Quantcast

Plover Day Festival celebrates Rockaways’ endangered bird

Endangered piping plovers continue to thrive in the Rockaways between Beach 38th and Beach 57th this year, according to the Parks Department. Photo Credit: Getty Images / iStock / SteveByland

The piping plover has made a resurgence, but is still on the endangered list.

Endangered piping plovers continue to thrive in the Rockaways between Beach 38th and Beach 57th this year, according to the Parks Department.
Endangered piping plovers continue to thrive in the Rockaways between Beach 38th and Beach 57th this year, according to the Parks Department. Photo Credit: Universal Pictures and DreamWorks Pictures

It’s peak beak season in the Rockaways.

The Plover Day Festival, a celebration of the resurging-but-still-endangered piping plover, will kick off Saturday at noon at Beach 86th Street and Shorefront Parkway in Queens.

“Annual plover day is an opportunity for the community to learn more about what we’re doing out there and why we’re doing it,” said Sarah Aucoin, chief of wildlife education for the city’s Department of Parks and Recreation.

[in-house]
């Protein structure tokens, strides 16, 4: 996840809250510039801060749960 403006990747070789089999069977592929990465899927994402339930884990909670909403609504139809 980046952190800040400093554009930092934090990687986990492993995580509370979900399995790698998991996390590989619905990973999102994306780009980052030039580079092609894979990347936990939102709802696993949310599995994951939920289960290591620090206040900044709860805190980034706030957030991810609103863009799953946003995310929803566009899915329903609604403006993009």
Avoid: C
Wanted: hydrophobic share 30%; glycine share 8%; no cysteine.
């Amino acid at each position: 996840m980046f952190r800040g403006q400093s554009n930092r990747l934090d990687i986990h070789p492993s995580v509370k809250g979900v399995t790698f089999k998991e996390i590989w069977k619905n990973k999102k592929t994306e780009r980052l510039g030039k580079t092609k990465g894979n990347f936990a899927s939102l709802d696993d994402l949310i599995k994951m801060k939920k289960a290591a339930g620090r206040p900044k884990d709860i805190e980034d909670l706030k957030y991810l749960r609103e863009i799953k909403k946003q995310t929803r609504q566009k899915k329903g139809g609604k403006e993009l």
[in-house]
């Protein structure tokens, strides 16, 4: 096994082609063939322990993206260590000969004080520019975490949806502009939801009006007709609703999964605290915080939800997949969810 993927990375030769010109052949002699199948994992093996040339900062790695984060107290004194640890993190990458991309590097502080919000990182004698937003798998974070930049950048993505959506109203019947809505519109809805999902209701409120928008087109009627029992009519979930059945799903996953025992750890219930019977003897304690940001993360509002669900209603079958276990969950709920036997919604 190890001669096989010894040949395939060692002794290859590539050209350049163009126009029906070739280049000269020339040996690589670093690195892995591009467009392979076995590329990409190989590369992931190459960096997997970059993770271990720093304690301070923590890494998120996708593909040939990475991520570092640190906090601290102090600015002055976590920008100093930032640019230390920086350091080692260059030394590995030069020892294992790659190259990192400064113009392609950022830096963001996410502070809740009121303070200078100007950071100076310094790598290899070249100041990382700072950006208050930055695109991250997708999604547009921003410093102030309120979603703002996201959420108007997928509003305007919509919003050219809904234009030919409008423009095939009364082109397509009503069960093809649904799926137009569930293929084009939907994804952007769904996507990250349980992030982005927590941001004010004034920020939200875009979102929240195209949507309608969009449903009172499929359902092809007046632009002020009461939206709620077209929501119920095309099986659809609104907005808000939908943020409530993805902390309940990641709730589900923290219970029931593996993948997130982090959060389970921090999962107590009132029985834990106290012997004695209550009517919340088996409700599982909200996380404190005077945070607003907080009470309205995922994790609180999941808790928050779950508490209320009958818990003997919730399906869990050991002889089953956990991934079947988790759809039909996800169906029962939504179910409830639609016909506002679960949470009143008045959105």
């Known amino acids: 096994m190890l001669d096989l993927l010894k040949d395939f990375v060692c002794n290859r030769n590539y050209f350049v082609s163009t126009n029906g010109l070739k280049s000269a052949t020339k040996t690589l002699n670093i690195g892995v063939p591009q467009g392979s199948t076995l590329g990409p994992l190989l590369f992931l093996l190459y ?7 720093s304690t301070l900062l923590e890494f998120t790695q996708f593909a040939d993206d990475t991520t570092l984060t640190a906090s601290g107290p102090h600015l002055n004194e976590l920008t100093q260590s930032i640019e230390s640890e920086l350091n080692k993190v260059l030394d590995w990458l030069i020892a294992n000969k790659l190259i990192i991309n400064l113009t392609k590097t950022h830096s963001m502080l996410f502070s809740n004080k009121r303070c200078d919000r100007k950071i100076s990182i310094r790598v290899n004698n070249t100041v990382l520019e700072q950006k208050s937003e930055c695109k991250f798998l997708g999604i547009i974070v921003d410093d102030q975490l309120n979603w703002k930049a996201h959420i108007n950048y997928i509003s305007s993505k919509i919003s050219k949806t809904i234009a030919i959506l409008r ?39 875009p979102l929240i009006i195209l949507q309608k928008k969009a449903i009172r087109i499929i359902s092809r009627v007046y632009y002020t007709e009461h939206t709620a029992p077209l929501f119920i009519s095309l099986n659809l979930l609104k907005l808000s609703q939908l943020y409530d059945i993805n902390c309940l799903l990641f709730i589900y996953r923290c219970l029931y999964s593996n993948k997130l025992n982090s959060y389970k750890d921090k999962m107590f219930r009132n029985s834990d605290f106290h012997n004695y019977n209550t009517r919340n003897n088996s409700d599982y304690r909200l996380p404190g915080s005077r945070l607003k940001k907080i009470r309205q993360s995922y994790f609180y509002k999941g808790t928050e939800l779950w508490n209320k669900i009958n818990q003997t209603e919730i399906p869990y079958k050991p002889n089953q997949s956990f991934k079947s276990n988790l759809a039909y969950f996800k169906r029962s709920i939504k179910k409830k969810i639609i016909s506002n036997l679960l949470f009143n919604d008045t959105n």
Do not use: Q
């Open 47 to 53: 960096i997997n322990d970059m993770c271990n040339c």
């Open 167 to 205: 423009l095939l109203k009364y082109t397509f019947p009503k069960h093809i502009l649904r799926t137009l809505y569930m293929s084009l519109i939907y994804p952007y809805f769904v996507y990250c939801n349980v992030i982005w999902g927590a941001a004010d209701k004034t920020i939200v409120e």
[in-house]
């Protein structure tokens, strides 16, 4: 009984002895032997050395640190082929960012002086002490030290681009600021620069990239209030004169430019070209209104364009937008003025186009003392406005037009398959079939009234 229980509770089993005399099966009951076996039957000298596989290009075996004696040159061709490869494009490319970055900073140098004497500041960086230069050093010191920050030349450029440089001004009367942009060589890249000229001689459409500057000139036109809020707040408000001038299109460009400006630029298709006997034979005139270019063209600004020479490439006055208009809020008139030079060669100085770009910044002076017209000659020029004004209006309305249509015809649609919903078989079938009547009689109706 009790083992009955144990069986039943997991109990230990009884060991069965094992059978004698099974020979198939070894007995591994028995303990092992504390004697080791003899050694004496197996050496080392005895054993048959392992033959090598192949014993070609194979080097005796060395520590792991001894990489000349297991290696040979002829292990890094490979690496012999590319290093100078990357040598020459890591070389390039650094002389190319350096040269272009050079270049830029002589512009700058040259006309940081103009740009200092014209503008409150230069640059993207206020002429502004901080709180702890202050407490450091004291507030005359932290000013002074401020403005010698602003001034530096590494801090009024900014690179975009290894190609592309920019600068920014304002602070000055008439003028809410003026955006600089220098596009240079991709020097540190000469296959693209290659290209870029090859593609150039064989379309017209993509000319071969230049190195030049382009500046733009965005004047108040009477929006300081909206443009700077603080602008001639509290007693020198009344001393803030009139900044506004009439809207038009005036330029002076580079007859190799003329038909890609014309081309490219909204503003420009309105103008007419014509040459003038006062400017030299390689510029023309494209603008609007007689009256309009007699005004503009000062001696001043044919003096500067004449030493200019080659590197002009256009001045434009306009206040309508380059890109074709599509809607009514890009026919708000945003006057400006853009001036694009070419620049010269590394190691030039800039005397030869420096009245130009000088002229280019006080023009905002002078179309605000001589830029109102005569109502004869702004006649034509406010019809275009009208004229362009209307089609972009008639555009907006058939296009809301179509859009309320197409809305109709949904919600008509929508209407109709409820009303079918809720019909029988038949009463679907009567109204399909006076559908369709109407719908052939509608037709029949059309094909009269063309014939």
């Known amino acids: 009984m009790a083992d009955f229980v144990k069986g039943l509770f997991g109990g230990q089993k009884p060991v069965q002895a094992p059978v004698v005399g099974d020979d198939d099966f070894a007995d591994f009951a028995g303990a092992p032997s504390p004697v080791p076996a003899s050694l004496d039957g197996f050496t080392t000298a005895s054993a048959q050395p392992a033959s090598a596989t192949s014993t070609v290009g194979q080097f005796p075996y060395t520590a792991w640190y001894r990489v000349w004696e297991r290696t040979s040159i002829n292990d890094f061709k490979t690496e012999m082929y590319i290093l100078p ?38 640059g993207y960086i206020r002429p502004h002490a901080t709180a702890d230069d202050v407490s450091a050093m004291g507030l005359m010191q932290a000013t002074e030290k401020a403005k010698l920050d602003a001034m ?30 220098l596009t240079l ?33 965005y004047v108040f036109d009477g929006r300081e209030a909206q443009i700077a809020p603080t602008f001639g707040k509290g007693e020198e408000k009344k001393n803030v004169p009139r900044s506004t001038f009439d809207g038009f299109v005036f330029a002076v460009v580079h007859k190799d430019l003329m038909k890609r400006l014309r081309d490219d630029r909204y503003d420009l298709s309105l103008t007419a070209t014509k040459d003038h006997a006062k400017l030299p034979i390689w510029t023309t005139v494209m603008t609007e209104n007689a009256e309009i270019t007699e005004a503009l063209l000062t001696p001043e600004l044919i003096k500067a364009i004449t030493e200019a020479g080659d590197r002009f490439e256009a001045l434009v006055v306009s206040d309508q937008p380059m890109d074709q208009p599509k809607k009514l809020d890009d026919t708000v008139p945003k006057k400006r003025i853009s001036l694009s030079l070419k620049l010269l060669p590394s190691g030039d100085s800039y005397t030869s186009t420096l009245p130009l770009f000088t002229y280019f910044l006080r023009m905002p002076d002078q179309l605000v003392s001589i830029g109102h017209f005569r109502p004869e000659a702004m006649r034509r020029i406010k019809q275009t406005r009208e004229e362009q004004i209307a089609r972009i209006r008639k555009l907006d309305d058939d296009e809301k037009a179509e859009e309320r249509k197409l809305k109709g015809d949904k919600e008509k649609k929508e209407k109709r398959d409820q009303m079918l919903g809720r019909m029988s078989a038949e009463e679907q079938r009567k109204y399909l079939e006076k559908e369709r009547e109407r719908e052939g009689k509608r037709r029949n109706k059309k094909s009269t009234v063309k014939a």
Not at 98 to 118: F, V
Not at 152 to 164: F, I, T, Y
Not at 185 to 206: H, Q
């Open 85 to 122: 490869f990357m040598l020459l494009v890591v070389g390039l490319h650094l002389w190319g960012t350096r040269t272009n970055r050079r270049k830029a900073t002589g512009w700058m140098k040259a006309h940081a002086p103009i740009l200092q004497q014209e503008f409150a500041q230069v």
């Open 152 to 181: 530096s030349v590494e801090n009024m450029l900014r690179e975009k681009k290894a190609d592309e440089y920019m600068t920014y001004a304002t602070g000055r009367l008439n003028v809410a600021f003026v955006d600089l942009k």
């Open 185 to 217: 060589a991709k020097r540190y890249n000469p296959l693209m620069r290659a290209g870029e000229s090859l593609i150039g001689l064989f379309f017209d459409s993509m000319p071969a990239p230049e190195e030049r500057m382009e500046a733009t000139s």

The three-hour affair will include educational activities and games, as well as opportunities to observe the fickle fowl in the flesh.

Piping plovers were not known to nest on Rockaway Beach before they were spotted in 1996, Aucoin said. The sand-colored birds, which arrive in early-April, initially claimed an area of beach that was not open for swimming during the summer. For the past 22 years, due to their threatened status at the federal level and endangered status at the state level, the Rockaways has fenced off that swath of beach to protect the camouflaged sand nests. Beach 38th to Beach 57th streets is closed this year.

The parks department’s efforts appear to be working, as annual productivity surpassed expectation again this year.

“We measure success by looking at productivity, so in other words how many chicks does each pair fledge. If we just had one pair and they fledged two chicks, that would be very high productivity,” Aucoin said.

The number of pairs — 20 this year — has also steadily increased, as so-called productivity remains among the highest in the region.

“For such a busy beach … to also be able to protect endangered, flash-threatened birds is a really wonderful balancing act,” Aucoin said.

Once the majority of chicks are able to fly, the parks department will reopen the shoreline.

“We try to balance the needs of people and the plovers,” Aucoin said. “As soon as they fledge we open up the beach.”

AMNY Newsletter

Eat it. Drink it. Do it. Tackle the city, with our help.